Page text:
Story by and from John Vonderlin
Email John (firstname.lastname@example.org)
Now this is what I call a hard hitting editorial. This was published just a week after the shipwreck of the Hellespont, that cost eleven lives. One of your readers sent me an email asking about the process of lighthouse location selection. I opined it was like the process of traffic light placement today. Money being found if their is public demand, which is often driven by spectacular or frequent accidents at the site. I think this article supports that opinion. This article was in the November 30, 1868 issue of “The Daily Alta.” and was entitled, “Let Us Have Light.” The Pigeon Point Lighthouse was built just a couple of years later. Enjoy. John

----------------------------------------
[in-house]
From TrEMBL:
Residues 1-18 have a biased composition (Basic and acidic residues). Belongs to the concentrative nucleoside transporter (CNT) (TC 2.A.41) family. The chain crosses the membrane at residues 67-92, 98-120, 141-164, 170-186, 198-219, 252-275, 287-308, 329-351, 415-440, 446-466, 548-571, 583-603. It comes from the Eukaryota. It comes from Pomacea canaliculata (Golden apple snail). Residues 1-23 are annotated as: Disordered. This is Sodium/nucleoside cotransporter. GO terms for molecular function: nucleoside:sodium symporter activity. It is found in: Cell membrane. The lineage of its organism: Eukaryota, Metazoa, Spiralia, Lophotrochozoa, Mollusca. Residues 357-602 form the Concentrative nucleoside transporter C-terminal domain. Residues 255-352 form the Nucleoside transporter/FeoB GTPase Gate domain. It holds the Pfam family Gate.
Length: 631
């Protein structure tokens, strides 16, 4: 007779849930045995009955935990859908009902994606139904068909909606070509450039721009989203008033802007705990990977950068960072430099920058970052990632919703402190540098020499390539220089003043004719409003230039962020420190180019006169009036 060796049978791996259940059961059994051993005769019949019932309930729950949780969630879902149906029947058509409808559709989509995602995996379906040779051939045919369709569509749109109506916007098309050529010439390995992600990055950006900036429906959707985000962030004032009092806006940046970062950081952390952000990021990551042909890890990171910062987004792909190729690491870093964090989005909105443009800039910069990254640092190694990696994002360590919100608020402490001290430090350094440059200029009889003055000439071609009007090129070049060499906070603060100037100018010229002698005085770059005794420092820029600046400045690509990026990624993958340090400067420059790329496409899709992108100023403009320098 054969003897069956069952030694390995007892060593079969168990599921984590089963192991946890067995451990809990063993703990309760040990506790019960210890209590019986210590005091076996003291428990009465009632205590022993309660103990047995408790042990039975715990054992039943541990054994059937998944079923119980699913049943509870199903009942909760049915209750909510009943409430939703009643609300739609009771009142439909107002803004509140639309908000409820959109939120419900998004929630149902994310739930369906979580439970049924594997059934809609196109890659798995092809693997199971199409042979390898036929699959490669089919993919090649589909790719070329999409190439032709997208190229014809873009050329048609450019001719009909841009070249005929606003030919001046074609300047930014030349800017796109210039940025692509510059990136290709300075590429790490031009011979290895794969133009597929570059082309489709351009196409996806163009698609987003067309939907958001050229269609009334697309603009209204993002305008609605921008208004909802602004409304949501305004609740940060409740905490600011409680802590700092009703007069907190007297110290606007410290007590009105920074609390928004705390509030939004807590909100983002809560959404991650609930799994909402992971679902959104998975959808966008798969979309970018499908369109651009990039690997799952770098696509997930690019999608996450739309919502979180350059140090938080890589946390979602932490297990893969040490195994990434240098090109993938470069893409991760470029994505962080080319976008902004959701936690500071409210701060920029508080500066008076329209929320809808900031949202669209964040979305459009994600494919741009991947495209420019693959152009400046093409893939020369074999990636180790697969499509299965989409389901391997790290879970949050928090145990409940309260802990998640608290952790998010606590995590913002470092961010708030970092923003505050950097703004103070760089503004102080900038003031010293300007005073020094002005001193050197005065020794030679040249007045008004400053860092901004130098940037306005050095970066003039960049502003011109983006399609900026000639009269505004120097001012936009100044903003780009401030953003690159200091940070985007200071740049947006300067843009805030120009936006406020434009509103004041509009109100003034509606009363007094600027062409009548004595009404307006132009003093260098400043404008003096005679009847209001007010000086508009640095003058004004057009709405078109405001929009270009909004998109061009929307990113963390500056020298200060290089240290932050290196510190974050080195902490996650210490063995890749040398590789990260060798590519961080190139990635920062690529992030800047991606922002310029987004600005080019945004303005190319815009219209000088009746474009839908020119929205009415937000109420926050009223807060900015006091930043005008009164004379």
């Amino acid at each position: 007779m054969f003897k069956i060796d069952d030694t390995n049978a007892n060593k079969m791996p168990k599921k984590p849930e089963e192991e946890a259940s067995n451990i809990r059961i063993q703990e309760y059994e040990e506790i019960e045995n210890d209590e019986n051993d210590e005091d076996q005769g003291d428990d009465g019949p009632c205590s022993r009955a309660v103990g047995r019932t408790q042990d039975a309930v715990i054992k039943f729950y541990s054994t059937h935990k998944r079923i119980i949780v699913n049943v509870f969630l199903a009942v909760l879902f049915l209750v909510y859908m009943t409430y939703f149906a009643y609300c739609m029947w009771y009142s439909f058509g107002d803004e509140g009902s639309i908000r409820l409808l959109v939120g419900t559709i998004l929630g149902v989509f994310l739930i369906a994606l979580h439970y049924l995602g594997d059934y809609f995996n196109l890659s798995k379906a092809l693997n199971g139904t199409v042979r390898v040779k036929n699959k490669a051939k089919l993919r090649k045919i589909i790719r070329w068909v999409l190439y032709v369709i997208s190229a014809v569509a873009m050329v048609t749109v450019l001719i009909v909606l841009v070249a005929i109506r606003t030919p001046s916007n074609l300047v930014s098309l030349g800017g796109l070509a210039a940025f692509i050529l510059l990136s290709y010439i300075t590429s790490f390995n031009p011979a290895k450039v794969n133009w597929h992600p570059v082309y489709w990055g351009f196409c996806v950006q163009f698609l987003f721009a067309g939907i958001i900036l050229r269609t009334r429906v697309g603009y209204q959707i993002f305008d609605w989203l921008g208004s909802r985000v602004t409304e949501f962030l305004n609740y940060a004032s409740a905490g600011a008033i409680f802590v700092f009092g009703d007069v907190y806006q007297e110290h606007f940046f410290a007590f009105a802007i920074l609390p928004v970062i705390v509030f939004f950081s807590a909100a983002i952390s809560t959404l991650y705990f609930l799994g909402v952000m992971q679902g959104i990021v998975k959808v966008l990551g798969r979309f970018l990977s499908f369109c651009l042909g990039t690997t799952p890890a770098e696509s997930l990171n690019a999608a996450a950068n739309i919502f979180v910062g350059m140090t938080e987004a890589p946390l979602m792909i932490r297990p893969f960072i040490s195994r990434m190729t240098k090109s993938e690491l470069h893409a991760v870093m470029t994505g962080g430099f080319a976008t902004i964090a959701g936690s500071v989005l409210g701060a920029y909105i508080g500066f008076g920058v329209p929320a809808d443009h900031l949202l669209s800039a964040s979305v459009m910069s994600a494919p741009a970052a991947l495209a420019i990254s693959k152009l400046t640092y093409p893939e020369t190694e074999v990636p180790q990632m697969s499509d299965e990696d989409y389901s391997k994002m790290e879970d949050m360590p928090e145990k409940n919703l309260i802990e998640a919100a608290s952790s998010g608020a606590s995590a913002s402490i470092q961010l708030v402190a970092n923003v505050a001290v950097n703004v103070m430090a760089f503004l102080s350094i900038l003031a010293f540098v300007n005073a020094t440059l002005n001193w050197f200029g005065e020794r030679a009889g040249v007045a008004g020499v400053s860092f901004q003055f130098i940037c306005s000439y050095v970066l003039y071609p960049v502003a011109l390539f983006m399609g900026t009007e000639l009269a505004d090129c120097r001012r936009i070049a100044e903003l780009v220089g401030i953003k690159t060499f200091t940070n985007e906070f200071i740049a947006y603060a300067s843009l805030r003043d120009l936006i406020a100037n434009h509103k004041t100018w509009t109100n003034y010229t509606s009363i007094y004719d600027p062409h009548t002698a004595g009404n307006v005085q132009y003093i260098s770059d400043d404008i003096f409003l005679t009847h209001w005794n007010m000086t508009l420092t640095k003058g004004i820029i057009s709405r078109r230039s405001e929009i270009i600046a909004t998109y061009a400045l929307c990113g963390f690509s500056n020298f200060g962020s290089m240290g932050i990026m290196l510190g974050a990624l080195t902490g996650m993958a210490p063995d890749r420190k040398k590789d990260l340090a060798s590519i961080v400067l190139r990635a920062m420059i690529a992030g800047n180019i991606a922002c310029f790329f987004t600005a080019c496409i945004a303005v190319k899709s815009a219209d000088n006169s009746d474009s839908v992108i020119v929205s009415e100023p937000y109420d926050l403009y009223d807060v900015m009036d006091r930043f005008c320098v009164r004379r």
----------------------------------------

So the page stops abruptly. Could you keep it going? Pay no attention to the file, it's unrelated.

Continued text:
P.S. I’ve attached a short bio excerpt from Wikipedia, of Professor Bache, and his picture,quite an interesting and accomplished man. The Congressional Library documents from his survey of this part of the Coastside are probably still available, possibly online. I’ll check. That would be real interesting to compare to today.